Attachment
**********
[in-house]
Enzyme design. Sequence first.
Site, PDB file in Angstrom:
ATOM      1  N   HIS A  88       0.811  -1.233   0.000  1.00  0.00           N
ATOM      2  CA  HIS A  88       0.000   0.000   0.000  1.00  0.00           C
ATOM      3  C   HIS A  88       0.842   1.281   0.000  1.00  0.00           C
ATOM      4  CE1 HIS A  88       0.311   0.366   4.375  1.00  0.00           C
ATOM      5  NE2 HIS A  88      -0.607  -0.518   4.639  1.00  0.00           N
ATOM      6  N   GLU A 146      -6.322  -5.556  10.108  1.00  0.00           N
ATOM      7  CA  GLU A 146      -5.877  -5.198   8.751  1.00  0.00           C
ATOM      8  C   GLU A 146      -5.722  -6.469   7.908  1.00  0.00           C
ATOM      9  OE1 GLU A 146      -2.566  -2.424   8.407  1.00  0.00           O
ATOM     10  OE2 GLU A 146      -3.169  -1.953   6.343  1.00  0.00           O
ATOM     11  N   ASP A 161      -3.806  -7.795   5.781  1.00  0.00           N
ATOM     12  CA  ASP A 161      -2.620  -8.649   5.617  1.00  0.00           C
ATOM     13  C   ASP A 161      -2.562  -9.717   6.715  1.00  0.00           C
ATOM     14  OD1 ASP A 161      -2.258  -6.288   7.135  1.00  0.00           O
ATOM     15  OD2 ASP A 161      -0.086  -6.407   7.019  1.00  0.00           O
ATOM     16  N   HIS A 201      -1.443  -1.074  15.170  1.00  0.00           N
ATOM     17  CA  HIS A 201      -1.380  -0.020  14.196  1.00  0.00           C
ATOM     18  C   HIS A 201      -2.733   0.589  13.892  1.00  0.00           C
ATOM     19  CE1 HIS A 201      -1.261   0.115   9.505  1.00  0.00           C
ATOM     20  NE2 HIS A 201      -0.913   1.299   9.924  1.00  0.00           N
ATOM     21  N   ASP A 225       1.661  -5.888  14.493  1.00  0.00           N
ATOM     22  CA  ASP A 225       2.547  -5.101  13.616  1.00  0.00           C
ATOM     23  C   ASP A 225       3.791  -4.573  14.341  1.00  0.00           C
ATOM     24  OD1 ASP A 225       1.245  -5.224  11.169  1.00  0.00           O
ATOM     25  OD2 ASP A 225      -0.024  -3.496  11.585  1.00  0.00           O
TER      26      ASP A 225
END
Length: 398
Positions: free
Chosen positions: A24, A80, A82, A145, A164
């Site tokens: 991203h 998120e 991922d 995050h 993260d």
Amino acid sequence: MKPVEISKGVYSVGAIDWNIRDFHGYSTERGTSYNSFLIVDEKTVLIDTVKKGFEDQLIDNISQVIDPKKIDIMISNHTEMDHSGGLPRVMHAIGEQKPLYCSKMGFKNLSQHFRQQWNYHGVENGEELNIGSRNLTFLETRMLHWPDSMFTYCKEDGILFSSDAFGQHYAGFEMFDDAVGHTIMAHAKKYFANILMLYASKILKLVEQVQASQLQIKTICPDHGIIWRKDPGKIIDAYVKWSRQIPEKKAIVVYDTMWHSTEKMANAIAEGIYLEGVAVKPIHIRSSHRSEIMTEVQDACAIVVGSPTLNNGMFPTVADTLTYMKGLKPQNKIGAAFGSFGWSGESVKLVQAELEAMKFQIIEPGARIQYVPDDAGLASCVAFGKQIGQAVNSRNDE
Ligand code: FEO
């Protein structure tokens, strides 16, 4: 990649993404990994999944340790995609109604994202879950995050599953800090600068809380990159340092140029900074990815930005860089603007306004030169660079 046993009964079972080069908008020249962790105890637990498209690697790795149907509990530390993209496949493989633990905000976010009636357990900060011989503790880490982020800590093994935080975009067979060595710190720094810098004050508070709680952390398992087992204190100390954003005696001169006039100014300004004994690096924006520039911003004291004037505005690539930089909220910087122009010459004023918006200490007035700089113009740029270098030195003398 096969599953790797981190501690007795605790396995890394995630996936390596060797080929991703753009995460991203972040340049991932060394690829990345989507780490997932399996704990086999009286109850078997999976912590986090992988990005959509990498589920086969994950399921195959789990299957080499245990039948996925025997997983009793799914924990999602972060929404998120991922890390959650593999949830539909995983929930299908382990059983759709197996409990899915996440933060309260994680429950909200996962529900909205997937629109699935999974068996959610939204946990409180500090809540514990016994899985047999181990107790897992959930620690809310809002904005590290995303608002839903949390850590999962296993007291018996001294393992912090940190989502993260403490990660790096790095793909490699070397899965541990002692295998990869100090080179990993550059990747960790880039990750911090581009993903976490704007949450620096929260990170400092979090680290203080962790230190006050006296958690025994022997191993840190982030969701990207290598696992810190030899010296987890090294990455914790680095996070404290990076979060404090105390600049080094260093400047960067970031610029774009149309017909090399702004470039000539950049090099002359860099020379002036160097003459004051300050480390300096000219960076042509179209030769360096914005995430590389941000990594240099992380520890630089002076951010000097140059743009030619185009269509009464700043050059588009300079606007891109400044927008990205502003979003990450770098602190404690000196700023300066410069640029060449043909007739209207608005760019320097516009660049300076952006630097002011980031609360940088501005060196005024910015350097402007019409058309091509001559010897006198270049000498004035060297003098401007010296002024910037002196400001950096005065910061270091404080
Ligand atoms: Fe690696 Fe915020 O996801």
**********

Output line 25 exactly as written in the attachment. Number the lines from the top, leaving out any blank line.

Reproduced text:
ATOM     22  CA  ASP A 225       2.547  -5.101  13.616  1.00  0.00           C